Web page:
PIQUA — The Upper Valley Career Center looks back on 2021 as another successful and record-breaking year. Enrollment on the high school’s main campus in Piqua was the highest in school history, with 1,069 students on campus at the start of school in August.
“These numbers are a reflection of the value of career and technical education,” said Jason Haak, UVCC superintendent. “Students, families, and employers are all seeing the positive impact of career tech on their lives. We are working together to train tomorrow’s workforce right here in our communities.”
UVCC’s work-based learning programs have been extremely successful and are continuing to grow in demand with students and employers alike. The 2021-22 school year saw an increase of 27 apprenticeship students, bringing the total number of seniors in that program to 101. Of those students, 97 represent the trades and industrial programs and four are part of the newly piloted medical careers apprenticeship model.
“The medical apprenticeships have been really successful this year,” said Naomi Baker, Career Placement specialist. Expanding the apprenticeship model to include the medical community has been advantageous for employers as well as students.
“Students get a whole year of relevant work experience before graduation, and they bring those real world lessons back to their classrooms to share with their peers,” said Baker. “Employers love the program because it allows them to gain early access to skilled, qualified employees, and our students are in a fantastic position as they start and grow their careers right here.”
In the class of 2021, 35% of the senior class participated in one of the three work-based learning programs offered at UVCC.
“Another measure of success for our students are industry-recognized credentials,” said Haak. Credentials can count toward a student’s graduation eligibility and are valuable when they are seeking employment and career placement opportunities.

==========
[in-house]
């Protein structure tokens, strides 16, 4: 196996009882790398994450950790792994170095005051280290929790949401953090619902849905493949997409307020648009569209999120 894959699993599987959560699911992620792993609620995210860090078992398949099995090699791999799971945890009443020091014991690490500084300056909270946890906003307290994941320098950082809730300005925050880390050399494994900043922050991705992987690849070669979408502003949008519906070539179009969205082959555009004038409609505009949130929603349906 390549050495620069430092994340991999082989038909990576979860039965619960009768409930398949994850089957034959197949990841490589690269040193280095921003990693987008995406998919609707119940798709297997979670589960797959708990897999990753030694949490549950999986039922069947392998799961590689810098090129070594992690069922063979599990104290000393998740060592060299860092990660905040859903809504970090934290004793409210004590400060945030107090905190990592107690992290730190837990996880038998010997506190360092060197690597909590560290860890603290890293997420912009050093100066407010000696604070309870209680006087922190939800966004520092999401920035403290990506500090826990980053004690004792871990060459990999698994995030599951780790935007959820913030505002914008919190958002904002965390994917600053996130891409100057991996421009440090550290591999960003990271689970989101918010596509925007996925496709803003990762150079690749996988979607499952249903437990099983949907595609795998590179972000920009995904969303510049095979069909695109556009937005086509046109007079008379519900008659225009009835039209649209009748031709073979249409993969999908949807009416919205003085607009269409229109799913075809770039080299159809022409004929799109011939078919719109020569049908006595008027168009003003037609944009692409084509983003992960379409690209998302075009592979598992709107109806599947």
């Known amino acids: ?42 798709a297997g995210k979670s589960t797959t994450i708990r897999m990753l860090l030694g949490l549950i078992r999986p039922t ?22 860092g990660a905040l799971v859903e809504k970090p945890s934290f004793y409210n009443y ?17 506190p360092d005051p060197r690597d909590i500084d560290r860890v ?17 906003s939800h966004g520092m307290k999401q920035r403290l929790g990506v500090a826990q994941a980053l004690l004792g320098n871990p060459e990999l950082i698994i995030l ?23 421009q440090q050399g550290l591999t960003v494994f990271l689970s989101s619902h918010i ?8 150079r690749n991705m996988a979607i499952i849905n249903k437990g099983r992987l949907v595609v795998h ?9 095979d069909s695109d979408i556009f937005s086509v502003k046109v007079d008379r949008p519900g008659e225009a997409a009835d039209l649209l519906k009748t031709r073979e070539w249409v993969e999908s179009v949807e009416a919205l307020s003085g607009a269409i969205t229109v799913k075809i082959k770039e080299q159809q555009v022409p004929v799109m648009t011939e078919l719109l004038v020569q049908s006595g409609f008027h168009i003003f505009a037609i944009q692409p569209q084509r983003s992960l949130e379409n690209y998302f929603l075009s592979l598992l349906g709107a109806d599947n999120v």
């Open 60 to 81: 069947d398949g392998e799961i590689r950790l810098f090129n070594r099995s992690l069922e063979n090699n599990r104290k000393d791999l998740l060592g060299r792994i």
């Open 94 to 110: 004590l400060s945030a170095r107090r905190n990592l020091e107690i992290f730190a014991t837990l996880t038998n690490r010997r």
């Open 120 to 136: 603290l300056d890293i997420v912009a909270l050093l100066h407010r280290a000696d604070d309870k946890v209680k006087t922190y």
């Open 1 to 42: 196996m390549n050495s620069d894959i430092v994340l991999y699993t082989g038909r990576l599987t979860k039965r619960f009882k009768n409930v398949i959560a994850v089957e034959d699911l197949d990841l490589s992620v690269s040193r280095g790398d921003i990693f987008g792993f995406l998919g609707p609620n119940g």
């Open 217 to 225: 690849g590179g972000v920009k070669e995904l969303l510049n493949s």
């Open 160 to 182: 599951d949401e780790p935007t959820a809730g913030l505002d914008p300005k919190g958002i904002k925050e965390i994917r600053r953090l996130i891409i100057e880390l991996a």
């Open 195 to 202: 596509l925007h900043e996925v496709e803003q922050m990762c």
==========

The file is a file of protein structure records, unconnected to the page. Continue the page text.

In the 2020-21 school year, 652 on-campus students earned a total of 2,414 credentials. Of those students, 328 were juniors earning 1,593 credentials, and 324 seniors earning 821 credentials.
The adult division continues to adapt to the needs of our region, focusing on the education and training of adult students. Lab upgrades and new equipment were a priority in 2021, ensuring that students are training with the tools and equipment they will encounter when on the job.
Also new in 2021 were the development of two new adult programs focused on addressing the need for welders and medical professionals in our area.
“Our welding program is really versatile for individuals and employers,” said Duane Caudill, Adult Division director. “We offer a 600-hour certification for students interested in the full welding program. However, we also offer microcredentials for students or employers looking to focus on specific welding skills and techniques. We really pride ourselves on being a training specialist to meet the needs of our business partners.” The update and expansion of the welding lab on campus was a bonus for this program as well.
The RN Diploma program was developed last year and is expected to launch in the summer of 2022. It is designed to offer a pathway of advancement to individuals who currently hold a licensed practical nurse certification and are looking to advance their career as a registered nurse.
“We are excited about the expansion of our offerings, we are always looking forways to enhance our services, and are always dedicated to helping our students and business partners thrive,” said Caudill.
To learn more about the Upper Valley Career Center, visit www.uppervalleycc.org, find us on social media, or call to schedule an appointment or tour at 937-778-1980.